One of the best cheeseburgers in the country is at Knife. 44 Farms beef -- a NASA-exact grind of 80% Angus beef and 20% fat -- lays on the fiery grill, seasoned with good salt and pepper, and flipped once. Pimento cheese, a delicious version of the staple (the “caviar of the South) is pickley and peppery with jalapeño and melts beautifully over the good beef. Lettuce and tomato rest underneath, accepting those meat juices, and then Chef Tesar’s team gives it a squishy bun. It’s a perfect burger, sent into the stratosphere with a slice of the South. With the 44 Farms grind, located in Cameron, Texas, you’re looking at a sandwich that’s defining Dallas Southern comfort food right now: smart, wildly tasty, local, and fresh. Maybe it’s the good beef, or the melty pimento, but one can truly taste new and old Texas in this sandwich.

Chicken pot pie

Street’s Fine Chicken

Oak Lawn

A great pot pie is harder to find than you’d think. There’s rabbit pot pie at Meddlesome Moth, a uniquely Dallas version, and an elevated-classic at Neighborhood Services. The best ones taste like rich, recently simmered chicken stock. You taste bones and celery and carrots. Street’s Fine Chicken, the newest venture from the Liberty Burger family, has an instant classic that exemplifies Dallas cuisine. It’s made with heart and is never, ever boring. Good, tender, and juicy chicken, is mixed in with a warming, creamy gravy, with fresh peas. A puff of crust is placed on top along with a skewer of rosemary. It’s sensational.

chicken and dumplings from rapscallion
Photo courtesy of Rapscallion

“Chicken and Dumplings”


Lowest Greenville

It started out as duck. “I’ve done plays on it over the years,” Chef Nathan Tate says. It worked, but not as well as the wood-roasted chicken. It imparts an irreplaceable smoky flavor that soared with patrons. In-house cavatelli, a pasta shell made with ricotta, goes into a pan sauce of fantastic chicken stock, a little cream, garlic, shallot, lemon juice, and herbs. They build the dish in the pan to order. Hot sauce, a vibrant, homemade concoction of Fresno chiles ground with vinegar and salt that’s been barrel-aged and fermented for a month, splashes over the dish. “I don’t think I’d be doing a traditional Southern restaurant,” Tate says. He’s right: His dishes aren’t anything close to stale tradition. This is Dallas’ tradition: elevated Southern food with as much soul as it can bear.   

hattie's fried green tomatoes
Photo Courtesy of Hattie's

Fried green tomatoes


Bishop Arts District

The best fried green tomatoes eat like a meal. Thick discs of green tomato, a paper-thin layer of good cornmeal, fried until crisp, and dipped in a sauce -- it’s one of the great things that the South has given to us. Hattie’s, a refined bistro beautifully influenced by the South’s cuisine, does a stand-out version of the simple dish. Whispers of breaded cornmeal, just enough to break like the top of a crème brûlée and keep the focus on the good tomato, break under your fork and knife. Buttermilk ranch cools the fried heat, and the tomatoes are bursting-fresh. They taste like they’ve just been picked and water-washed. It’s also food that’s got the warmth of heart and soul.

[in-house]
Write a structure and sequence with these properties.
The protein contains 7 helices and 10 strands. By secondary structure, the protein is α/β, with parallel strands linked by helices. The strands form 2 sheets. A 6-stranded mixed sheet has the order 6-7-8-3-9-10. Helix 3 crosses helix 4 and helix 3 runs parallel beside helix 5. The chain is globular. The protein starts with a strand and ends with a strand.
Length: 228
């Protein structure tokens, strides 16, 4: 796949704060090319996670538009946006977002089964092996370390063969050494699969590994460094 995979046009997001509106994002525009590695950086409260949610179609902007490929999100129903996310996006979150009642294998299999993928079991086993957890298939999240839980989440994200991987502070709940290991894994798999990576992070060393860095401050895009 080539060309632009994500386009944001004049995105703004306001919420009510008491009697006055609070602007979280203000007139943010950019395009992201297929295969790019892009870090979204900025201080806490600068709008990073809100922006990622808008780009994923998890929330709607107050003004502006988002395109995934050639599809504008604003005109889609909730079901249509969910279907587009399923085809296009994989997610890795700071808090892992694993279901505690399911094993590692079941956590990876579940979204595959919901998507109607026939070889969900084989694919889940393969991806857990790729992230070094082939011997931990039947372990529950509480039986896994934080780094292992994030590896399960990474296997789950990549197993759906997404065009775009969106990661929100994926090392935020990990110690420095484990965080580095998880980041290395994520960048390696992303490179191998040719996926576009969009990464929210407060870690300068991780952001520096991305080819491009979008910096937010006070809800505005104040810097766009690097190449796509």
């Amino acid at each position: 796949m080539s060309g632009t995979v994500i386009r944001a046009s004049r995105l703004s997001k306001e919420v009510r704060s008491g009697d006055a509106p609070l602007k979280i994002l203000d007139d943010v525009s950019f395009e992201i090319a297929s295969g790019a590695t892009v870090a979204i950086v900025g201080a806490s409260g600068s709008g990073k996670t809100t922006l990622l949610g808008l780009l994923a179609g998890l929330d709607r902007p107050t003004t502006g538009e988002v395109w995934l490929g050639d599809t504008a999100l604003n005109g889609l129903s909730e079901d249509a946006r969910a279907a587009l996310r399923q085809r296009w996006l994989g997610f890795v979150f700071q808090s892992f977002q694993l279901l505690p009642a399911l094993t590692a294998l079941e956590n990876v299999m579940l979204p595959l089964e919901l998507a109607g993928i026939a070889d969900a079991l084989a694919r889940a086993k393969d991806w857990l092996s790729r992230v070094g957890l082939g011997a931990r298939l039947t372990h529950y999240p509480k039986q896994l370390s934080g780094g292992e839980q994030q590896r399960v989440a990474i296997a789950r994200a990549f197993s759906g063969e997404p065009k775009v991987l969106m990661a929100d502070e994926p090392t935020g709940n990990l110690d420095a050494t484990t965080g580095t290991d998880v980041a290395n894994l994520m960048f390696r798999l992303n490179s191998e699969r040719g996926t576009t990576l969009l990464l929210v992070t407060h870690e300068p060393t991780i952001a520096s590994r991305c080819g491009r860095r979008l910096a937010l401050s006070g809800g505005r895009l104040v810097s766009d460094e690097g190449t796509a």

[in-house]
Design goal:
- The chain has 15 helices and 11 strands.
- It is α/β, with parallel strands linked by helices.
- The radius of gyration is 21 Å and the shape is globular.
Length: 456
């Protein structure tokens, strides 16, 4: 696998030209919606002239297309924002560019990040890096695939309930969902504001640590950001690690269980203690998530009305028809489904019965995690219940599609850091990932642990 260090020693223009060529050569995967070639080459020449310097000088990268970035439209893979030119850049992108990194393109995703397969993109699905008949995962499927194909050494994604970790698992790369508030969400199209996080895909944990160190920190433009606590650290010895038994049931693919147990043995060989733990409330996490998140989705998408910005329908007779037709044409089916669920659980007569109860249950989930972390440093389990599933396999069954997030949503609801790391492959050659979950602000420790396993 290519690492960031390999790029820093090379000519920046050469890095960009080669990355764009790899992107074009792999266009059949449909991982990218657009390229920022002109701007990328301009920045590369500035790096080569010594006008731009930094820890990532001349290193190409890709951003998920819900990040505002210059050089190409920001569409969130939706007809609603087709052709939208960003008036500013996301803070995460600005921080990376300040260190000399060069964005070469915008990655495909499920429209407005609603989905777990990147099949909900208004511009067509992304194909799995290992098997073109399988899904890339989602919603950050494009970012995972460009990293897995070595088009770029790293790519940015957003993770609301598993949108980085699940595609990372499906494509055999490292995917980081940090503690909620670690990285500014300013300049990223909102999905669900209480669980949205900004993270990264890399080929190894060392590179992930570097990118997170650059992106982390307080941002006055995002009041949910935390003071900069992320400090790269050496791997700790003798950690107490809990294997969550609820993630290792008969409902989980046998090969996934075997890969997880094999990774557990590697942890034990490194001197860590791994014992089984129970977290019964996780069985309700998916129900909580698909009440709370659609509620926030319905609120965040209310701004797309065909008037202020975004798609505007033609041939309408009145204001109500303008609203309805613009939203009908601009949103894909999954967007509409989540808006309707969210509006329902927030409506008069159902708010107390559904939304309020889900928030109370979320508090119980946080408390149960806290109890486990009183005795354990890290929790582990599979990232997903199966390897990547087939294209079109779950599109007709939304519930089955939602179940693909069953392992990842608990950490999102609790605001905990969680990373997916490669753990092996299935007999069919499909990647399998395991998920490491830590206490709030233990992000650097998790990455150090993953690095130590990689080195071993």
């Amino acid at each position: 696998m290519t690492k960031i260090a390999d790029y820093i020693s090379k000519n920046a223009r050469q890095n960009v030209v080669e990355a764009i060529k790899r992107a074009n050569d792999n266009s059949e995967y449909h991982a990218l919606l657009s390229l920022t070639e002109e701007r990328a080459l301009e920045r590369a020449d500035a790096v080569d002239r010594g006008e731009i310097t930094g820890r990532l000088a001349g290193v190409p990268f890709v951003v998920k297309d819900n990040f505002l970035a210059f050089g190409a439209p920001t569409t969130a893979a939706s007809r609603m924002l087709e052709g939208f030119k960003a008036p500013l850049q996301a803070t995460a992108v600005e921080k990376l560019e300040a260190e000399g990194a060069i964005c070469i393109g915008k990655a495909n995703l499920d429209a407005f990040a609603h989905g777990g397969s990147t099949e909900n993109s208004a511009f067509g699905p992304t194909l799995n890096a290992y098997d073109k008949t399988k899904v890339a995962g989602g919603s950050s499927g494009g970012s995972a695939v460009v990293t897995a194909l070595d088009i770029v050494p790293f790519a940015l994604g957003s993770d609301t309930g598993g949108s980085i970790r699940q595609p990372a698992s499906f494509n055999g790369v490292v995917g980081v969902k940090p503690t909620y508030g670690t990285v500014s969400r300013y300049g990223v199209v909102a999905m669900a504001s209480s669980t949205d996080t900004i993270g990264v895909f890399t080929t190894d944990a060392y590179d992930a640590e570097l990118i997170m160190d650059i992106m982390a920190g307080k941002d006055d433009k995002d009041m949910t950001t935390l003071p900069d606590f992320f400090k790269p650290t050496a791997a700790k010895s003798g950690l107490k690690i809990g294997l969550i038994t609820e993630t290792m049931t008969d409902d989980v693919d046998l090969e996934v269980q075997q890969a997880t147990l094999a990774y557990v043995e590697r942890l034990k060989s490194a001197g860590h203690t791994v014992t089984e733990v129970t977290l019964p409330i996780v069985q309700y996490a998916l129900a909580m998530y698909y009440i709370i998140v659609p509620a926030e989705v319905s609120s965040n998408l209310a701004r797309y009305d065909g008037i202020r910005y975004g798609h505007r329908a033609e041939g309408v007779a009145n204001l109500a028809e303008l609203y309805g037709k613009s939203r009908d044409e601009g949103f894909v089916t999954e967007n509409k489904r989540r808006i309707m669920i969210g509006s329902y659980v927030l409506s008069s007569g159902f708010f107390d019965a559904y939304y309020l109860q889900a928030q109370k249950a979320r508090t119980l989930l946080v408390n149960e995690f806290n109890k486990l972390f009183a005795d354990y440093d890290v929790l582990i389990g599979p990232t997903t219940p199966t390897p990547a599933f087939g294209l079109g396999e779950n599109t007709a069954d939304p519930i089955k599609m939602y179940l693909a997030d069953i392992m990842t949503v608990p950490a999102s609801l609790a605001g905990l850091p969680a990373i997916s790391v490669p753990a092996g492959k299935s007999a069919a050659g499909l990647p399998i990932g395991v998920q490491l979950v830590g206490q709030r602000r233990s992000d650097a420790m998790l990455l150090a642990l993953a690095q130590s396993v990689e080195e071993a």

bubba cooks country black eyed peas and yeast rolls
Nick Rallo/Thrillist

Black-eyed peas and soft yeast rolls

Bubba's Cooks Country

Highland Park

One guarantee at Bubba’s on Hillcrest -- which has been a drive-thru Dallas icon since 1980 (it also spawned Babe’s) -- is you’re getting fresh and hot chicken. If it’s sitting for more than 30 minutes, it gets tossed. The cloud-soft yeast rolls are equally as precious: They're lovingly made using lots of Crisco and sugar, about 24 hours in advance. Couple it with some chicken strips, and you’re headed towards a food coma. Scratch that: It’s more like sleeping under a Texas night sky. That’s where you’ll be transported to, as well, with the tender, rich, and salty black-eyed peas. Tried and true.

Fried chicken

Slow Bone

Design District

This is the truth: If you haven’t been to Slow Bone yet, you haven’t tried the some of the best fried chicken around. It’s the perfect amalgam of a Southern icon and Dallas’ expertise: smoke. Smoke imbues the water in the fried chicken’s brine, along with salt and sugar, and it sits overnight. Chef Jeffery Hobbs drops ‘em in a deep fryer after the chicken’s dredged in potato flour, which jails the chicken in a gorgeous, golden-fried crust. Lash it with their house sauces, and you’ll have a life-changer of an experience. This is chicken imbued with Dallas.

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Nick Rallo is a writer in Dallas. His series on burgers and long-standing restaurants in the city appears regularly on the Dallas Observer, and he’s constantly on the lookout for the best pot pie for his Southerner fiancé. Follow him @nickrallo.